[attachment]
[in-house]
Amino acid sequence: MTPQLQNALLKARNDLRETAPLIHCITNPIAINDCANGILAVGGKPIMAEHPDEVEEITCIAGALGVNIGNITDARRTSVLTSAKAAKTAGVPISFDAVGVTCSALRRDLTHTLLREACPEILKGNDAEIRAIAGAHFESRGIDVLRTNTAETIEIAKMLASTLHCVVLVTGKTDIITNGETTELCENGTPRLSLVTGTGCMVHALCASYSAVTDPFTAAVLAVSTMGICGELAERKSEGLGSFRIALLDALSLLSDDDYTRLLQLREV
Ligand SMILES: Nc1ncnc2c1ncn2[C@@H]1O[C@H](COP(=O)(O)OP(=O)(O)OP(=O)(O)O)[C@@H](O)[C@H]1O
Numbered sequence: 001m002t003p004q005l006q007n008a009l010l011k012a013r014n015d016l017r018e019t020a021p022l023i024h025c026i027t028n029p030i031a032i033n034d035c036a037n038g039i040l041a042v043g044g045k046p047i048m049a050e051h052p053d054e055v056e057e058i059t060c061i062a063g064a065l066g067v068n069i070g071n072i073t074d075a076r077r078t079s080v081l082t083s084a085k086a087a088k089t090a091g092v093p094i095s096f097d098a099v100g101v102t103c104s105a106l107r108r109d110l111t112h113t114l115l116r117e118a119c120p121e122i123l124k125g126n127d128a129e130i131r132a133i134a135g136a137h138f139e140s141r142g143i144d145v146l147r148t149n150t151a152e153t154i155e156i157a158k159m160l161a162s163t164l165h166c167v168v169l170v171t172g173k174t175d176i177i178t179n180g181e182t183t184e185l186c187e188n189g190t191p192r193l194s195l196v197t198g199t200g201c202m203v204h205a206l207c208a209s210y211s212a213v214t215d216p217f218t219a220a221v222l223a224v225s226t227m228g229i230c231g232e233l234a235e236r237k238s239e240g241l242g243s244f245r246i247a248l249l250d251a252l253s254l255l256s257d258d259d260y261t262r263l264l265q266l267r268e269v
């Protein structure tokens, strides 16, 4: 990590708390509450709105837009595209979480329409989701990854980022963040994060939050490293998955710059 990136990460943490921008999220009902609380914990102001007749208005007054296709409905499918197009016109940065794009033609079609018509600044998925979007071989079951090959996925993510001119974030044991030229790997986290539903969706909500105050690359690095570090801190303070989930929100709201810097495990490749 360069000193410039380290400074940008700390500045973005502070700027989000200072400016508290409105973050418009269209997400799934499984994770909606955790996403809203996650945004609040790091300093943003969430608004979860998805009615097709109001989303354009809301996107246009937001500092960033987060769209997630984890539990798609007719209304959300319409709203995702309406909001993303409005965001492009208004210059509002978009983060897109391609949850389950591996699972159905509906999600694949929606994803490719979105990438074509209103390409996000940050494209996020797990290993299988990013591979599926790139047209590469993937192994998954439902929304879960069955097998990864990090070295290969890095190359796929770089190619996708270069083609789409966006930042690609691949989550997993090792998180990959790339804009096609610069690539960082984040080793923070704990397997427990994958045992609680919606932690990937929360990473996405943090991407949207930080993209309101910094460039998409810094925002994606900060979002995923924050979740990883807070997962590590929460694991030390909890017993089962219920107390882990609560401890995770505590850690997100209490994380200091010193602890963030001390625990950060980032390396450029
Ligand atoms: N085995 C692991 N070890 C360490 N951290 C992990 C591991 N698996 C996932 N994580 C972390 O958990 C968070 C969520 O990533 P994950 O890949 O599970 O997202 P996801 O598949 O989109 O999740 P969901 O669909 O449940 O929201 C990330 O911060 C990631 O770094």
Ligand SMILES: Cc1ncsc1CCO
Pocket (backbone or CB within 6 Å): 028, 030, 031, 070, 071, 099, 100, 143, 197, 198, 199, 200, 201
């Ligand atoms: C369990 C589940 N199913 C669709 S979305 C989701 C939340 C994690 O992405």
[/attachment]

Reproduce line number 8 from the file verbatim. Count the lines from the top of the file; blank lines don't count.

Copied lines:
Pocket (backbone or CB within 6 Å): 028, 030, 031, 070, 071, 099, 100, 143, 197, 198, 199, 200, 201